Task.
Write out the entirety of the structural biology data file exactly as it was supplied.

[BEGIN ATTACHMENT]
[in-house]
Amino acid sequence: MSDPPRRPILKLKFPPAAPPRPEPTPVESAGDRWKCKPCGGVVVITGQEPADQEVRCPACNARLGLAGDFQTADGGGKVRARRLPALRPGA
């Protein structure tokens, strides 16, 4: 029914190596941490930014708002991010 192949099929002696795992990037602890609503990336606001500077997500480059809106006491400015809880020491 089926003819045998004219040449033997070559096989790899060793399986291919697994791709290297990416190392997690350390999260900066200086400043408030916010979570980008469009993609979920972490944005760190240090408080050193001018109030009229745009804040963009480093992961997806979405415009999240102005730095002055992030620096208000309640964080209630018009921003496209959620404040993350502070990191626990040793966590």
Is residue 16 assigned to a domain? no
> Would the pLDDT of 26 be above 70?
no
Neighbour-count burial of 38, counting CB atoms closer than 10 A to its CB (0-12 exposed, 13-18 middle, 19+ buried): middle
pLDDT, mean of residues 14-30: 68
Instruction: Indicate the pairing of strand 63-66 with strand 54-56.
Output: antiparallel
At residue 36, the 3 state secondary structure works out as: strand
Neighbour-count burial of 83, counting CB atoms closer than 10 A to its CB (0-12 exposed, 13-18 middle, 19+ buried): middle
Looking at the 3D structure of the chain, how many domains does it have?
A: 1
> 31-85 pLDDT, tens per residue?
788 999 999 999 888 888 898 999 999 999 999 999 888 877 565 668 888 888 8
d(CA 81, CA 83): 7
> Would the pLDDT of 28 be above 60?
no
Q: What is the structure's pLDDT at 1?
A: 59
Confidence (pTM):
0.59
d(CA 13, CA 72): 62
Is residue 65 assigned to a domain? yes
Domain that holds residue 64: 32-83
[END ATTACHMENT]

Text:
[in-house]
Amino acid sequence: MSDPPRRPILKLKFPPAAPPRPEPTPVESAGDRWKCKPCGGVVVITGQEPADQEVRCPACNARLGLAGDFQTADGGGKVRARRLPALRPGA
């Protein structure tokens, strides 16, 4: 029914190596941490930014708002991010 192949099929002696795992990037602890609503990336606001500077997500480059809106006491400015809880020491 089926003819045998004219040449033997070559096989790899060793399986291919697994791709290297990416190392997690350390999260900066200086400043408030916010979570980008469009993609979920972490944005760190240090408080050193001018109030009229745009804040963009480093992961997806979405415009999240102005730095002055992030620096208000309640964080209630018009921003496209959620404040993350502070990191626990040793966590």
Is residue 16 assigned to a domain? no
> Would the pLDDT of 26 be above 70?
no
Neighbour-count burial of 38, counting CB atoms closer than 10 A to its CB (0-12 exposed, 13-18 middle, 19+ buried): middle
pLDDT, mean of residues 14-30: 68
Instruction: Indicate the pairing of strand 63-66 with strand 54-56.
Output: antiparallel
At residue 36, the 3 state secondary structure works out as: strand
Neighbour-count burial of 83, counting CB atoms closer than 10 A to its CB (0-12 exposed, 13-18 middle, 19+ buried): middle
Looking at the 3D structure of the chain, how many domains does it have?
A: 1
> 31-85 pLDDT, tens per residue?
788 999 999 999 888 888 898 999 999 999 999 999 888 877 565 668 888 888 8
d(CA 81, CA 83): 7
> Would the pLDDT of 28 be above 60?
no
Q: What is the structure's pLDDT at 1?
A: 59
Confidence (pTM):
0.59
d(CA 13, CA 72): 62
Is residue 65 assigned to a domain? yes
Domain that holds residue 64: 32-83